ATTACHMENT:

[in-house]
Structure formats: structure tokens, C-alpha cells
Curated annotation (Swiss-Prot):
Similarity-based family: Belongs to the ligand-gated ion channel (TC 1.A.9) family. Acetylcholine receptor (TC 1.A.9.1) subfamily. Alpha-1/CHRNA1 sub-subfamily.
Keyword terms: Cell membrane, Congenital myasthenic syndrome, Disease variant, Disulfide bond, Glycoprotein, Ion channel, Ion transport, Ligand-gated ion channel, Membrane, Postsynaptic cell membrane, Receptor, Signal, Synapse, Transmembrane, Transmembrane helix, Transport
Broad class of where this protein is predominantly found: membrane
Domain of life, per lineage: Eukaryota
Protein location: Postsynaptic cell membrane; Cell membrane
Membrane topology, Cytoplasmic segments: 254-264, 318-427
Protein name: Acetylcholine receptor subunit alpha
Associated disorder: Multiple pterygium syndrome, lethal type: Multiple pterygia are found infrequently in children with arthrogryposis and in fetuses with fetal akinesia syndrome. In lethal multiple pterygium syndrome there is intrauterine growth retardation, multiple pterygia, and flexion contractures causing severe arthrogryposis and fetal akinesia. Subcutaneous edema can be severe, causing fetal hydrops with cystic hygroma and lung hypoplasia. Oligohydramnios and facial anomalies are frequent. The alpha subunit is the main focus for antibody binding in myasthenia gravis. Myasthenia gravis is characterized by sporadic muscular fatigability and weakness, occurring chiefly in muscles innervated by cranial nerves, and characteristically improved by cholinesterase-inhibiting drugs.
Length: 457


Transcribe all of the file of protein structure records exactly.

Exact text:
[in-house]
Structure formats: structure tokens, C-alpha cells
Curated annotation (Swiss-Prot):
Similarity-based family: Belongs to the ligand-gated ion channel (TC 1.A.9) family. Acetylcholine receptor (TC 1.A.9.1) subfamily. Alpha-1/CHRNA1 sub-subfamily.
Keyword terms: Cell membrane, Congenital myasthenic syndrome, Disease variant, Disulfide bond, Glycoprotein, Ion channel, Ion transport, Ligand-gated ion channel, Membrane, Postsynaptic cell membrane, Receptor, Signal, Synapse, Transmembrane, Transmembrane helix, Transport
Broad class of where this protein is predominantly found: membrane
Domain of life, per lineage: Eukaryota
Protein location: Postsynaptic cell membrane; Cell membrane
Membrane topology, Cytoplasmic segments: 254-264, 318-427
Protein name: Acetylcholine receptor subunit alpha
Associated disorder: Multiple pterygium syndrome, lethal type: Multiple pterygia are found infrequently in children with arthrogryposis and in fetuses with fetal akinesia syndrome. In lethal multiple pterygium syndrome there is intrauterine growth retardation, multiple pterygia, and flexion contractures causing severe arthrogryposis and fetal akinesia. Subcutaneous edema can be severe, causing fetal hydrops with cystic hygroma and lung hypoplasia. Oligohydramnios and facial anomalies are frequent. The alpha subunit is the main focus for antibody binding in myasthenia gravis. Myasthenia gravis is characterized by sporadic muscular fatigability and weakness, occurring chiefly in muscles innervated by cranial nerves, and characteristically improved by cholinesterase-inhibiting drugs.
Length: 457